Weight loss theory debunked – exercise a bigger weapon against obesity than diet

To lose weight, work up a sweat: exercise has a significant impact on fatty tissue, metabolism and gut microbes, a new study finds

PUBLISHED : Thursday, 19 May, 2016, 5:15pm
UPDATED : Thursday, 19 May, 2016, 5:15pm

In the debate over the roles of exercise and diet in weight loss, one argument is that exercise does not play a significant role as it increases appetite, resulting in greater food intake, and potentially reduces activity through the day. A University of Missouri study proves this theory wrong, showing that exercise has significant impact on fat tissue, metabolism and gut microbes.

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Researchers divided young rats prone to obesity into three groups. All three groups were fed a high-fat diet. Two of the groups were sedentary while the third group was able to exercise using running wheels. Of the two sedentary groups, one was allowed to eat as much of the high-fat food as they wanted, while the other group were fed controlled portions of the food in order to match the weight reduction caused by exercise. The exercising rats were allowed to eat as much as they wanted.

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Several weeks later, the sedentary rats with unlimited food access were unsurprisingly obese. Notably, the exercising rats were metabolically healthier and developed different gut microbes than both of the sedentary groups, despite eating the exact same amount of food as the sedentary group with unlimited food access. Overall, the exercising rats had higher metabolic rates, were more active even when not running on their wheels and experienced shifts in their gut microbes, perhaps putting them in a better position to avoid future weight gain compared to the other groups.

Early introduction of allergenic foods reduces risk of food sensitisation

Children who have a diet that includes cow’s milk products, eggs and peanuts before the age of one are less likely to develop sensitisation to the corresponding foods, according to new research by Canada’s McMaster University presented at the international conference of the American Thoracic Society.

Early introduction of eggs appeared to be especially beneficial, as it decreased the risk of sensitisation to any of the three tested foods. The study included data from 1,421 children.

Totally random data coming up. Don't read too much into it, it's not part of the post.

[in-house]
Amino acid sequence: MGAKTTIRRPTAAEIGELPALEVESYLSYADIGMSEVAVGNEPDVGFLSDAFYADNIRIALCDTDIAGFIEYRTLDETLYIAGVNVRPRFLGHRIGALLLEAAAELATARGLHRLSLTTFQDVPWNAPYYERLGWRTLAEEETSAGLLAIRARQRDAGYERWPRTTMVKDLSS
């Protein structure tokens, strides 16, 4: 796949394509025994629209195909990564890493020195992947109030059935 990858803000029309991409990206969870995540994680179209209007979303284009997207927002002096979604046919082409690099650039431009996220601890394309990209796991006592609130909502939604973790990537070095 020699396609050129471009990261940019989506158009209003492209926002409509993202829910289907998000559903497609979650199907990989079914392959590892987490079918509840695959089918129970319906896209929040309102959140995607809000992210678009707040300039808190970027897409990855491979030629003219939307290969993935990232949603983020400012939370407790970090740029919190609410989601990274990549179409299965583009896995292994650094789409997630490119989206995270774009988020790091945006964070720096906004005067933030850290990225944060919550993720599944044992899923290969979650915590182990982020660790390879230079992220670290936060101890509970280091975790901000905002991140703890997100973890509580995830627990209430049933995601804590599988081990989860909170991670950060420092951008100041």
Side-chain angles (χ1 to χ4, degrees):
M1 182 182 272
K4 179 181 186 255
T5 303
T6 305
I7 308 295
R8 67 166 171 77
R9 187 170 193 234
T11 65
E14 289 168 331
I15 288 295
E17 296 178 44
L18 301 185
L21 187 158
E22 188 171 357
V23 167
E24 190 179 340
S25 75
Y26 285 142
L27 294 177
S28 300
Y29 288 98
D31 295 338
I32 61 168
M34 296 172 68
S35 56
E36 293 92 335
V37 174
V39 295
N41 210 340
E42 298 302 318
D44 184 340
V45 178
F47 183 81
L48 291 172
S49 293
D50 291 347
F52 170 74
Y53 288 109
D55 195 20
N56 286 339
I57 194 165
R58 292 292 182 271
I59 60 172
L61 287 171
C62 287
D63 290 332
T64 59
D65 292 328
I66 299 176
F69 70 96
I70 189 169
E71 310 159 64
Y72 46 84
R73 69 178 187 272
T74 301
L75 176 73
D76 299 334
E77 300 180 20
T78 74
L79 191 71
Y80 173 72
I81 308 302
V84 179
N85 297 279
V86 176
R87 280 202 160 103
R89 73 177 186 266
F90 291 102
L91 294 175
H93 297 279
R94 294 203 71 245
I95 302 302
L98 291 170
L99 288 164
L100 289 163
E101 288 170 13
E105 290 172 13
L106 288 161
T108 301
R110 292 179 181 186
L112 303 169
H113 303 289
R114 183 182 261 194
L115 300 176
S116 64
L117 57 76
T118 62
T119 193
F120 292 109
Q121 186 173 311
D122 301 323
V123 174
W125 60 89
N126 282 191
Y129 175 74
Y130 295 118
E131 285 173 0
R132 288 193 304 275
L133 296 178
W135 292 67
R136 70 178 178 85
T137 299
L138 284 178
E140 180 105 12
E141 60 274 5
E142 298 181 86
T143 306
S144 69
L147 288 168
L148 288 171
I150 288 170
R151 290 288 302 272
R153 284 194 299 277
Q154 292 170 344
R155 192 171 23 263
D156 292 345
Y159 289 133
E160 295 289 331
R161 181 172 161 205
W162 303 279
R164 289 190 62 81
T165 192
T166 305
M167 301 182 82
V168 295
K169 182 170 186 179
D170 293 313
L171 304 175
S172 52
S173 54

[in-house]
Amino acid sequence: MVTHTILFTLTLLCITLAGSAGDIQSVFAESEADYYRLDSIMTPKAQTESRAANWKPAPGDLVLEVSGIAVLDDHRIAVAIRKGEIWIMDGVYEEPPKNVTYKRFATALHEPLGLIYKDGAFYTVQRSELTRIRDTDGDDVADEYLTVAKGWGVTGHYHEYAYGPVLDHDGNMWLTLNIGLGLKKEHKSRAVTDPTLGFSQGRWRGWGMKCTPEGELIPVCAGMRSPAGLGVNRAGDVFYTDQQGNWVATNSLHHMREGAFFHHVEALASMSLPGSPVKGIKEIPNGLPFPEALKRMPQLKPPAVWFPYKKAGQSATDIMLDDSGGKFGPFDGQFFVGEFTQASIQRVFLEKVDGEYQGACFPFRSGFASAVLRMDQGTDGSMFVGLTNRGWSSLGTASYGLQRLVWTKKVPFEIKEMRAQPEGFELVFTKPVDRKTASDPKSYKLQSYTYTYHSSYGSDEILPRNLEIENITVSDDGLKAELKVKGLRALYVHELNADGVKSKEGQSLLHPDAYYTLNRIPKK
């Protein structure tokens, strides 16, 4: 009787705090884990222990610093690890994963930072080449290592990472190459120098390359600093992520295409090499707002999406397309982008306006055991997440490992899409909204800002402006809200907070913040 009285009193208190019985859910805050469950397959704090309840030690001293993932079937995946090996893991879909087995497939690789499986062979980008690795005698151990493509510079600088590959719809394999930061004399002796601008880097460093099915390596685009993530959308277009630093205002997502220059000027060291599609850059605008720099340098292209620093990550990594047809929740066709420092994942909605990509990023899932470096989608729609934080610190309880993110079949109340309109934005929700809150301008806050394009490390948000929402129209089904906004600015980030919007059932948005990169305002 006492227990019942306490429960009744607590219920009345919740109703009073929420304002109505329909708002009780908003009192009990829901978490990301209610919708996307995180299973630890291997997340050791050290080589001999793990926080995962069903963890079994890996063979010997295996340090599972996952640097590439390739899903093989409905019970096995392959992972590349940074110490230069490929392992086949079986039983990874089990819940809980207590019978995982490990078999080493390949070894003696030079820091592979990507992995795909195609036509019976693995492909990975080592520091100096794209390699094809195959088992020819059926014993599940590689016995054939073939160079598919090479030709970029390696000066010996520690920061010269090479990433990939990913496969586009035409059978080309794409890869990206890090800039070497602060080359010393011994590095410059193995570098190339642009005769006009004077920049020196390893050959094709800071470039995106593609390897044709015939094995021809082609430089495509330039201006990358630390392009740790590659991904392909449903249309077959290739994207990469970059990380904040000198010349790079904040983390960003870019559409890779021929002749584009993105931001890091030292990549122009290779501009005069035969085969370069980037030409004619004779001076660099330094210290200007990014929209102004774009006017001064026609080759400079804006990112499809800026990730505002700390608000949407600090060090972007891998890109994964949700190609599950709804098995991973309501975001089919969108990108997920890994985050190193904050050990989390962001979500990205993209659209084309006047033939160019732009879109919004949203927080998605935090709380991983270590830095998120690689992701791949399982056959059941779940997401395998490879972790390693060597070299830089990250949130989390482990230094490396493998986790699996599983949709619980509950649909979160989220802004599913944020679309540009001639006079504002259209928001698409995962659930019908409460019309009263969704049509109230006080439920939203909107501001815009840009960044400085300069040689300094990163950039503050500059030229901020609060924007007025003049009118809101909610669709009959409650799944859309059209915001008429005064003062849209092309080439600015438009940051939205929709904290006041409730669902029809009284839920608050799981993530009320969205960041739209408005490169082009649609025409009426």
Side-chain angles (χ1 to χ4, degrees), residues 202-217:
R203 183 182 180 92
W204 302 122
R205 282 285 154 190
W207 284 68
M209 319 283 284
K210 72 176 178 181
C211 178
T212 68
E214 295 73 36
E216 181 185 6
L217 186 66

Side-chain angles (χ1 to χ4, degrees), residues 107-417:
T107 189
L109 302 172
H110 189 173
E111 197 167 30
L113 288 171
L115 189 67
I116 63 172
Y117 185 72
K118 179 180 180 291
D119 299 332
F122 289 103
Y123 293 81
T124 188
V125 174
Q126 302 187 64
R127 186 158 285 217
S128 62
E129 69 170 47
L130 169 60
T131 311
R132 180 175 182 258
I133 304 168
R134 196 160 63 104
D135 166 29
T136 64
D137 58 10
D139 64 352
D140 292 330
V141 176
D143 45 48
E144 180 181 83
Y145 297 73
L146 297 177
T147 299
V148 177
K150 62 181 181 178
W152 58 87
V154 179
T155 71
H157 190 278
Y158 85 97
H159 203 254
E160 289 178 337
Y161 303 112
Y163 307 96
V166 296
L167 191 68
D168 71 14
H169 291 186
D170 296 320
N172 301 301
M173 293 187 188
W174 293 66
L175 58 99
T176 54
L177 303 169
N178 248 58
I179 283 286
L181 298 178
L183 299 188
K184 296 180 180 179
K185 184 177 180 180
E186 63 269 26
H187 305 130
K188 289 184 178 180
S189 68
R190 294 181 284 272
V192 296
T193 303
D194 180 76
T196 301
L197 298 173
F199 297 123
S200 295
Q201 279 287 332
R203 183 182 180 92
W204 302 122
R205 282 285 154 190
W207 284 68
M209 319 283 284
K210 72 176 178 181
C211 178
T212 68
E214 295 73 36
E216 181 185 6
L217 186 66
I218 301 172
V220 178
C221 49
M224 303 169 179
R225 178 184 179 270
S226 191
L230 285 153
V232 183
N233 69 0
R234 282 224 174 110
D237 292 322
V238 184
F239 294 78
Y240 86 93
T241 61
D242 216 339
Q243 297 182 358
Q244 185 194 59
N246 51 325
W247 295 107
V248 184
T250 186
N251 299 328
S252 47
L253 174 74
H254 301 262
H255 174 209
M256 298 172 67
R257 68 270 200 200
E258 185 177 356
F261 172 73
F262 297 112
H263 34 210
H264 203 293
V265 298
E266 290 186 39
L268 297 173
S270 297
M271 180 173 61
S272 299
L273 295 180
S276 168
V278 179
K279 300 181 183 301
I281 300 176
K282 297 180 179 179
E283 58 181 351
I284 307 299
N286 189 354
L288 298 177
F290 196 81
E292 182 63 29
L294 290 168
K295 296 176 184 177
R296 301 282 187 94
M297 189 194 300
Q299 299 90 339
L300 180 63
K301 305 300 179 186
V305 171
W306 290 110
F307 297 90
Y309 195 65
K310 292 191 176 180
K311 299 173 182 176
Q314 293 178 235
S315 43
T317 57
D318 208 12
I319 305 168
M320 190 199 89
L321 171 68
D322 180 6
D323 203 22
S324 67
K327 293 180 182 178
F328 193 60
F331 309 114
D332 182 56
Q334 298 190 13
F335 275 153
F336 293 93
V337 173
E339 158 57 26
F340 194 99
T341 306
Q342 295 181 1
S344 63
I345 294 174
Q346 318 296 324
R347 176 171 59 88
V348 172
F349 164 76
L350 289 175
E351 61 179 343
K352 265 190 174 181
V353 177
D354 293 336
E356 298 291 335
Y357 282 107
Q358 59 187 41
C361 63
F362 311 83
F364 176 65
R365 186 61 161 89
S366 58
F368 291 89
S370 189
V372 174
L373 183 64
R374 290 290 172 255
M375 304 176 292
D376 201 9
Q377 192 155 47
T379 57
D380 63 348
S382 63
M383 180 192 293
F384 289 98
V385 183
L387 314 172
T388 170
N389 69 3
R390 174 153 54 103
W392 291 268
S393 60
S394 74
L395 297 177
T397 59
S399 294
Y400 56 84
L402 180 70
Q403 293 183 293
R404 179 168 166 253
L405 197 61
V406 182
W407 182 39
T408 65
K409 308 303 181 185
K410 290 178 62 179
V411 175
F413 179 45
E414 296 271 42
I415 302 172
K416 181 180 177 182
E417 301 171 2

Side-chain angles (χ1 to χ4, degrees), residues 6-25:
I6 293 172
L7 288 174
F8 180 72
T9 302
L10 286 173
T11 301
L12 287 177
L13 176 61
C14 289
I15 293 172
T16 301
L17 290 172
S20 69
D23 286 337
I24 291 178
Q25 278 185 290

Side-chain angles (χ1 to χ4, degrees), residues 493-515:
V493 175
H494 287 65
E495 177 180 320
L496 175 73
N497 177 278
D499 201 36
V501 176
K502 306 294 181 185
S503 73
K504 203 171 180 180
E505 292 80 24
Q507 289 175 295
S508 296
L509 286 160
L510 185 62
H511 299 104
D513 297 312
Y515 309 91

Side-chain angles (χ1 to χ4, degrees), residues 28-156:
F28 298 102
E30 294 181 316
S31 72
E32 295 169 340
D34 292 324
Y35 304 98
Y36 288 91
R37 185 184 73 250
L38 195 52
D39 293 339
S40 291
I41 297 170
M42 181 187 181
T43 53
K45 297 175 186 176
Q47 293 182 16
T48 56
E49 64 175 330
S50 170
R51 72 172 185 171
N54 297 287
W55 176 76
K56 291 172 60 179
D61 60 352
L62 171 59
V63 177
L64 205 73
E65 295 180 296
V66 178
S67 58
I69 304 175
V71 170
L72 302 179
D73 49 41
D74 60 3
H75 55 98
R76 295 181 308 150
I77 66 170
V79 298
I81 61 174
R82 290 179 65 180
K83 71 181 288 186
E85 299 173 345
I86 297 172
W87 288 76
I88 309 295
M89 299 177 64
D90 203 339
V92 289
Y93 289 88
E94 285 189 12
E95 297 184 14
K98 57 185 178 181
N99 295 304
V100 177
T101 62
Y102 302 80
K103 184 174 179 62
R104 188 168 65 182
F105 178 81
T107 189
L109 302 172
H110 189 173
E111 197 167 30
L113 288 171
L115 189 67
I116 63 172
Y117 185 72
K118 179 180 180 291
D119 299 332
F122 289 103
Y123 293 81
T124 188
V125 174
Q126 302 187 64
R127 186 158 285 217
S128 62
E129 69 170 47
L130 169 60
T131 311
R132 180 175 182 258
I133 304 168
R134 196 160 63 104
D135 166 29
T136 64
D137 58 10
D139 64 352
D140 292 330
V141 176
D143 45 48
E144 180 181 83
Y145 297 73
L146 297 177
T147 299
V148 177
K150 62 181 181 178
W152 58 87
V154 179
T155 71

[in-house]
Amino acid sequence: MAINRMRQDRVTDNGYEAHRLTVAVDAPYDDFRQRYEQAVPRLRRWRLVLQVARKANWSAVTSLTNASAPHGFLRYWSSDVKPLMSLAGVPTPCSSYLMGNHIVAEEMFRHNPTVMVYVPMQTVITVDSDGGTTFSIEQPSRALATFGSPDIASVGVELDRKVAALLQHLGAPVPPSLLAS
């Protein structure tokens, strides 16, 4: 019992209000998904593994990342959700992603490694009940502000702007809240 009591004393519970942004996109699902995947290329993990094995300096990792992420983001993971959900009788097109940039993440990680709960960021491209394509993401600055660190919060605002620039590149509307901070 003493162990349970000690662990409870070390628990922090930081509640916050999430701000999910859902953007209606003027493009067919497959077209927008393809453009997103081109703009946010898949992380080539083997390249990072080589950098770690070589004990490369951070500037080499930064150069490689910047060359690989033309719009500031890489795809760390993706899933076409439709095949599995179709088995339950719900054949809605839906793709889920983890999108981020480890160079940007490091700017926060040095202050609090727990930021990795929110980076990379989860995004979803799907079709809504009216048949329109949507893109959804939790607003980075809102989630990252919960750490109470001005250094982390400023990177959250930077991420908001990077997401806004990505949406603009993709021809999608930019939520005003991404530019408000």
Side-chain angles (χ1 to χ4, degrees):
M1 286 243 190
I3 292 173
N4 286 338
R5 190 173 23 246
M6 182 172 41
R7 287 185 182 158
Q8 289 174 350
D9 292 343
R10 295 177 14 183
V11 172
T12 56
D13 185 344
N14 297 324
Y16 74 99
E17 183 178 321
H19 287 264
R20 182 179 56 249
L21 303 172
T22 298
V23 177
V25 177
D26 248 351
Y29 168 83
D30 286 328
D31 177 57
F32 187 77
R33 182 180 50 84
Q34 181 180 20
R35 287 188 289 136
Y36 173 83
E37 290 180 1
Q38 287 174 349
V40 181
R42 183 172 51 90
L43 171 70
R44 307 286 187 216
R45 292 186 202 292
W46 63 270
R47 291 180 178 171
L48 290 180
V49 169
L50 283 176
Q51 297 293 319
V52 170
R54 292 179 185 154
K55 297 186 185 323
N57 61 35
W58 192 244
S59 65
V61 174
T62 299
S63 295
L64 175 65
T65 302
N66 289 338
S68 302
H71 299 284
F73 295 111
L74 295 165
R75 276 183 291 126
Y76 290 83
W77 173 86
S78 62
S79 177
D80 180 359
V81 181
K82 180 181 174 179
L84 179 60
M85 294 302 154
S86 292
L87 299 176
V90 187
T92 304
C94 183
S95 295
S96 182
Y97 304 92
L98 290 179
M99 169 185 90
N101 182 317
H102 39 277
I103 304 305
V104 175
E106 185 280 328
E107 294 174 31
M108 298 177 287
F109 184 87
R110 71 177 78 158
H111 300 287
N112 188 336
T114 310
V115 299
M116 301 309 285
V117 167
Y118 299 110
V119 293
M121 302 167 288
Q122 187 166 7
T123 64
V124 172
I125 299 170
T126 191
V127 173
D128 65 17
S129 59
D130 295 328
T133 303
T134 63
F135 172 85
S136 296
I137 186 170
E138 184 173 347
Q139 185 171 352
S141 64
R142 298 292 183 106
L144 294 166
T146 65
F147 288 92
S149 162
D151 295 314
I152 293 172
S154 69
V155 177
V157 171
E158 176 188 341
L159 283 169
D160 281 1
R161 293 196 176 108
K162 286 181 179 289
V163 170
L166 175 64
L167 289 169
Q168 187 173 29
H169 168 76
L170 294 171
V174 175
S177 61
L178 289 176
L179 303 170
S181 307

“The clinical implications of our findings are that early introduction of allergenic foods [eggs, cow’s milk products, and peanuts] before age one should be encouraged and is better than food avoidance for reducing the risk of food sensitisation,” says lead investigator Maxwell Tran. “Sensitisation is not the same as allergy, but it is an important step on the pathway.”

The results of the study reinforce a shift in thinking from delayed food introduction to earlier food introduction for allergy prevention. “Many guidelines around the world are now reflecting this shift, with the recommendation of food introduction before six months of age,” says Tran.

ADHD may emerge after childhood for some people, according to new study

While it is well established that childhood attention-deficit/hyperactivity disorder (ADHD) may continue into adulthood, new research by King’s College London suggests that for some people the disorder does not emerge until after childhood.

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ADHD is a developmental disorder marked by inattention, hyperactivity and impulsivity and is one of the most common behavioural disorders in children. Published in JAMA Psychiatry, the study looked at 2,200 British twins whose symptoms of childhood ADHD were measured at the ages of five, seven, 10 and 12 through mother and teacher reports. Young adults were interviewed at the age of 18 to assess ADHD symptoms and any associated impairments, as well as the existence of other mental health disorders. Nearly 70 per cent of the young adults with ADHD in the study did not meet criteria for the disorder at any of the childhood assessments.

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Adults with this “late-onset” ADHD had high levels of symptoms, impairment and other mental health disorders. Findings from this British cohort are confirmed by evidence for adult-onset ADHD in Brazil and New Zealand. The British researchers also found adult ADHD, which occurs in approximately 4 per cent of adults, was less heritable than childhood ADHD. And having a twin with childhood ADHD did not place individuals at a higher risk of developing late-onset ADHD.